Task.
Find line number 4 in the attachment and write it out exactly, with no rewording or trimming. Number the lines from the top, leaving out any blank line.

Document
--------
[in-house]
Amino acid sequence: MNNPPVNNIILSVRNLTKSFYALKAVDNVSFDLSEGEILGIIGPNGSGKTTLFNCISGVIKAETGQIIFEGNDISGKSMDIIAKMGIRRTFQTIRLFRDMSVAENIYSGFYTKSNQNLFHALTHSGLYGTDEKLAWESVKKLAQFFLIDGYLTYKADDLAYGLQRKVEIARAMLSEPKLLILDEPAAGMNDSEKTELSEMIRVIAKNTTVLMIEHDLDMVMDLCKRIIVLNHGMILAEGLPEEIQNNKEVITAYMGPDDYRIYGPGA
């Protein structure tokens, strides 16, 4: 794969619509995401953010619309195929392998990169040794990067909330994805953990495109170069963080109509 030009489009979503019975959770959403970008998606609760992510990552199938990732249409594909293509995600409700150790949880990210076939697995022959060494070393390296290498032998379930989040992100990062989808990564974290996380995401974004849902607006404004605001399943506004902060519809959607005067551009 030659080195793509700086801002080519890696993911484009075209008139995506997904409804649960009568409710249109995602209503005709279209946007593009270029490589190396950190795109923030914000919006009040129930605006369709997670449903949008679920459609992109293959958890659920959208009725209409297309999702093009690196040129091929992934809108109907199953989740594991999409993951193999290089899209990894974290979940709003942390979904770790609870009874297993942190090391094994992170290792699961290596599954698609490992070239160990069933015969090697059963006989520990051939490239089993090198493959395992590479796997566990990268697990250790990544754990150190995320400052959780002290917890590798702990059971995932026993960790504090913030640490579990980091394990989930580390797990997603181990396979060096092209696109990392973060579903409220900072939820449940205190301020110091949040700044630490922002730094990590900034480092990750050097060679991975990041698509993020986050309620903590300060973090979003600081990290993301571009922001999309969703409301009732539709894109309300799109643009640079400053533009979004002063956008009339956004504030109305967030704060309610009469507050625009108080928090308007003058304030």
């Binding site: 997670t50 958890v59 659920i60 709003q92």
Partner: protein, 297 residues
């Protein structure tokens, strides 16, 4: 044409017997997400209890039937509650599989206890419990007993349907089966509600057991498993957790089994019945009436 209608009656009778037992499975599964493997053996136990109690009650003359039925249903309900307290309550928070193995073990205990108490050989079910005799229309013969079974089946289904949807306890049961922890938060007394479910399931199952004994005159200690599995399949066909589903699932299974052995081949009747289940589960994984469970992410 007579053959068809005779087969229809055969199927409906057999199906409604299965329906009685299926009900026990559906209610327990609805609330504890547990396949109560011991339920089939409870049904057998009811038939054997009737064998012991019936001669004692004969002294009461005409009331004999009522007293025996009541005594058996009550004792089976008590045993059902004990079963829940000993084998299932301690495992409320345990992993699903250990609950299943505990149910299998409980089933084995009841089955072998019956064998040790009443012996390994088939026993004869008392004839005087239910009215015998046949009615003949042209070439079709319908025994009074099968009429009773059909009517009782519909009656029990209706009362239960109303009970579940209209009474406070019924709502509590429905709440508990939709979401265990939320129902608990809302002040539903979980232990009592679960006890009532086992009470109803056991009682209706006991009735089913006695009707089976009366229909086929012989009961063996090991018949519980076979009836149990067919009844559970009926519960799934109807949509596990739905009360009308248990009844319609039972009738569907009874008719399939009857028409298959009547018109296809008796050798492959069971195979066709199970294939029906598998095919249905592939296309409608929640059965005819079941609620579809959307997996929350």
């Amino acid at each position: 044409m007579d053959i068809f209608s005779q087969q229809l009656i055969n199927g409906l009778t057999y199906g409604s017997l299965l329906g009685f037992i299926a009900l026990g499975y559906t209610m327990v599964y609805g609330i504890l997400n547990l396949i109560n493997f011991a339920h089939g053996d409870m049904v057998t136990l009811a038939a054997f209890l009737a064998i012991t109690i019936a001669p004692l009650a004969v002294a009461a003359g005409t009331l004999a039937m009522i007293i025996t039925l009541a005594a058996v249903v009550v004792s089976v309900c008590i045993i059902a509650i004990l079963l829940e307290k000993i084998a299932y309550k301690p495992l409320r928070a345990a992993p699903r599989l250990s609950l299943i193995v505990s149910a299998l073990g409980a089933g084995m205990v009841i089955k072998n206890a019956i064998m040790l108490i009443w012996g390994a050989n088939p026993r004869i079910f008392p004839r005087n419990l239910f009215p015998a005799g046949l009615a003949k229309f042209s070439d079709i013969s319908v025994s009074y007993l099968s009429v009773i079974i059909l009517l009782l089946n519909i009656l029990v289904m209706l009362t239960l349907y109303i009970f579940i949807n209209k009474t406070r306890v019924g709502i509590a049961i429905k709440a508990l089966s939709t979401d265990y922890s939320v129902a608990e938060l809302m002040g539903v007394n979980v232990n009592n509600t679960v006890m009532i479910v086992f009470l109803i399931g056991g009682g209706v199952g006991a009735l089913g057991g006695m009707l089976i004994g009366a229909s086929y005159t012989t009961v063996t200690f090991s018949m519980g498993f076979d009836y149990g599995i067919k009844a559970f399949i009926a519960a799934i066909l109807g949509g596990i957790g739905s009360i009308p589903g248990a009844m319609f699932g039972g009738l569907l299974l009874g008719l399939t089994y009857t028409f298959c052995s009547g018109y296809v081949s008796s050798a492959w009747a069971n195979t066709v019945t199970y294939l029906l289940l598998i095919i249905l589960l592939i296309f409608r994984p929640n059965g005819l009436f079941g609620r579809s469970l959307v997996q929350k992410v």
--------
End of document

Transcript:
């Binding site: 997670t50 958890v59 659920i60 709003q92």